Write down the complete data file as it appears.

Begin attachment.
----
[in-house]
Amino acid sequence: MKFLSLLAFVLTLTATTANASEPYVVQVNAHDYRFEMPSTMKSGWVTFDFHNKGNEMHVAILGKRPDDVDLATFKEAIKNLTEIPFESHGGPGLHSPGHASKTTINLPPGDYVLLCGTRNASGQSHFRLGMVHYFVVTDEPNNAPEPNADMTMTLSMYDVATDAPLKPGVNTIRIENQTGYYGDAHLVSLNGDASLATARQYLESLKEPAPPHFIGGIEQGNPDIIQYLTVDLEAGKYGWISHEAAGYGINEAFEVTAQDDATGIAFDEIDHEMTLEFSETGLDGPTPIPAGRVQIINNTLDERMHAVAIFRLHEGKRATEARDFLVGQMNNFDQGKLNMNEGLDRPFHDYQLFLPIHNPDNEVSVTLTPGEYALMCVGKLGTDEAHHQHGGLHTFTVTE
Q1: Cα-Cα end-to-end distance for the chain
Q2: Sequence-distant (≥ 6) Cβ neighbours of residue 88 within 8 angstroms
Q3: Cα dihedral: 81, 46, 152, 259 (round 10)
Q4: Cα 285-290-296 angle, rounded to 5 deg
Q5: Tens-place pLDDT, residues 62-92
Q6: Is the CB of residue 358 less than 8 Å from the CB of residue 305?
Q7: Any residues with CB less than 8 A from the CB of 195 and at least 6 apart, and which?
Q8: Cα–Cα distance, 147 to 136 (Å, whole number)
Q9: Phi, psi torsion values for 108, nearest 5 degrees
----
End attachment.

[in-house]
Amino acid sequence: MKFLSLLAFVLTLTATTANASEPYVVQVNAHDYRFEMPSTMKSGWVTFDFHNKGNEMHVAILGKRPDDVDLATFKEAIKNLTEIPFESHGGPGLHSPGHASKTTINLPPGDYVLLCGTRNASGQSHFRLGMVHYFVVTDEPNNAPEPNADMTMTLSMYDVATDAPLKPGVNTIRIENQTGYYGDAHLVSLNGDASLATARQYLESLKEPAPPHFIGGIEQGNPDIIQYLTVDLEAGKYGWISHEAAGYGINEAFEVTAQDDATGIAFDEIDHEMTLEFSETGLDGPTPIPAGRVQIINNTLDERMHAVAIFRLHEGKRATEARDFLVGQMNNFDQGKLNMNEGLDRPFHDYQLFLPIHNPDNEVSVTLTPGEYALMCVGKLGTDEAHHQHGGLHTFTVTE
Q1: Cα-Cα end-to-end distance for the chain
Q2: Sequence-distant (≥ 6) Cβ neighbours of residue 88 within 8 angstroms
Q3: Cα dihedral: 81, 46, 152, 259 (round 10)
Q4: Cα 285-290-296 angle, rounded to 5 deg
Q5: Tens-place pLDDT, residues 62-92
Q6: Is the CB of residue 358 less than 8 Å from the CB of residue 305?
Q7: Any residues with CB less than 8 A from the CB of 195 and at least 6 apart, and which?
Q8: Cα–Cα distance, 147 to 136 (Å, whole number)
Q9: Phi, psi torsion values for 108, nearest 5 degrees